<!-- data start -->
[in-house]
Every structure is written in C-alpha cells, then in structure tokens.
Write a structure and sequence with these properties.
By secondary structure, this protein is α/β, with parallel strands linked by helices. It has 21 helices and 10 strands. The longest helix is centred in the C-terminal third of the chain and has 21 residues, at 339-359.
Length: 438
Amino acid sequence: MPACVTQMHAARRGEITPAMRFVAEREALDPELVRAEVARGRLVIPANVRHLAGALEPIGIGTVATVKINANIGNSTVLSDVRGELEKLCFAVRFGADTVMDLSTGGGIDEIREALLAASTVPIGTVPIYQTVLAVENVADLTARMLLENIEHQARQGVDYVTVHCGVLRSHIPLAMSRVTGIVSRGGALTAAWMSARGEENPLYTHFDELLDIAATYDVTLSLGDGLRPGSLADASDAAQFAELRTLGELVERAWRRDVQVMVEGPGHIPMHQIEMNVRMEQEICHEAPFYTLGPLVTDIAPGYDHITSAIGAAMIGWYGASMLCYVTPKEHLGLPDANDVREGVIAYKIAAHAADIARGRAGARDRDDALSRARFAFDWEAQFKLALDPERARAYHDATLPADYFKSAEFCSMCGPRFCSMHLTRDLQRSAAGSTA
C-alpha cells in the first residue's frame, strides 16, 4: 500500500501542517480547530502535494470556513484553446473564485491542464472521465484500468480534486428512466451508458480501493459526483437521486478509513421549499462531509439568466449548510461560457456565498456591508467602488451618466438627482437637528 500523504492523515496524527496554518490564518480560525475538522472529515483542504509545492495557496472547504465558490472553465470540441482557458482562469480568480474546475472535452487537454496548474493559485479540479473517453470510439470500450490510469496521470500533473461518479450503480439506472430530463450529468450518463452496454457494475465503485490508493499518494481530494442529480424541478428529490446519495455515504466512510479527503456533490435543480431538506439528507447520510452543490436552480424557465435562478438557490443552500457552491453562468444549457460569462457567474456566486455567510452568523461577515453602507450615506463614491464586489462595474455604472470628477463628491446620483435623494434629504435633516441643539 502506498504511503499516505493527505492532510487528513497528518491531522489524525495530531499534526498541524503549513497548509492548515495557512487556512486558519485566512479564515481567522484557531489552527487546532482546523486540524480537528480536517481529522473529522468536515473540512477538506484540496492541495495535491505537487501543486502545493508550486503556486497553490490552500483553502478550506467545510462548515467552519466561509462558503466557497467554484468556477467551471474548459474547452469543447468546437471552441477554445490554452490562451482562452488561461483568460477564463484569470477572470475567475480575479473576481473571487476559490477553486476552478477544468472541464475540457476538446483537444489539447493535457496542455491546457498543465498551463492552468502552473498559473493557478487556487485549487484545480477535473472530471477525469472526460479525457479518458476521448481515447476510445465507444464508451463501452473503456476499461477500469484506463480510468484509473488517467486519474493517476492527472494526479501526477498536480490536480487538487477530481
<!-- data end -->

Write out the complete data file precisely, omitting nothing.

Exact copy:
[in-house]
Every structure is written in C-alpha cells, then in structure tokens.
Write a structure and sequence with these properties.
By secondary structure, this protein is α/β, with parallel strands linked by helices. It has 21 helices and 10 strands. The longest helix is centred in the C-terminal third of the chain and has 21 residues, at 339-359.
Length: 438
Amino acid sequence: MPACVTQMHAARRGEITPAMRFVAEREALDPELVRAEVARGRLVIPANVRHLAGALEPIGIGTVATVKINANIGNSTVLSDVRGELEKLCFAVRFGADTVMDLSTGGGIDEIREALLAASTVPIGTVPIYQTVLAVENVADLTARMLLENIEHQARQGVDYVTVHCGVLRSHIPLAMSRVTGIVSRGGALTAAWMSARGEENPLYTHFDELLDIAATYDVTLSLGDGLRPGSLADASDAAQFAELRTLGELVERAWRRDVQVMVEGPGHIPMHQIEMNVRMEQEICHEAPFYTLGPLVTDIAPGYDHITSAIGAAMIGWYGASMLCYVTPKEHLGLPDANDVREGVIAYKIAAHAADIARGRAGARDRDDALSRARFAFDWEAQFKLALDPERARAYHDATLPADYFKSAEFCSMCGPRFCSMHLTRDLQRSAAGSTA
C-alpha cells in the first residue's frame, strides 16, 4: 500500500501542517480547530502535494470556513484553446473564485491542464472521465484500468480534486428512466451508458480501493459526483437521486478509513421549499462531509439568466449548510461560457456565498456591508467602488451618466438627482437637528 500523504492523515496524527496554518490564518480560525475538522472529515483542504509545492495557496472547504465558490472553465470540441482557458482562469480568480474546475472535452487537454496548474493559485479540479473517453470510439470500450490510469496521470500533473461518479450503480439506472430530463450529468450518463452496454457494475465503485490508493499518494481530494442529480424541478428529490446519495455515504466512510479527503456533490435543480431538506439528507447520510452543490436552480424557465435562478438557490443552500457552491453562468444549457460569462457567474456566486455567510452568523461577515453602507450615506463614491464586489462595474455604472470628477463628491446620483435623494434629504435633516441643539 502506498504511503499516505493527505492532510487528513497528518491531522489524525495530531499534526498541524503549513497548509492548515495557512487556512486558519485566512479564515481567522484557531489552527487546532482546523486540524480537528480536517481529522473529522468536515473540512477538506484540496492541495495535491505537487501543486502545493508550486503556486497553490490552500483553502478550506467545510462548515467552519466561509462558503466557497467554484468556477467551471474548459474547452469543447468546437471552441477554445490554452490562451482562452488561461483568460477564463484569470477572470475567475480575479473576481473571487476559490477553486476552478477544468472541464475540457476538446483537444489539447493535457496542455491546457498543465498551463492552468502552473498559473493557478487556487485549487484545480477535473472530471477525469472526460479525457479518458476521448481515447476510445465507444464508451463501452473503456476499461477500469484506463480510468484509473488517467486519474493517476492527472494526479501526477498536480490536480487538487477530481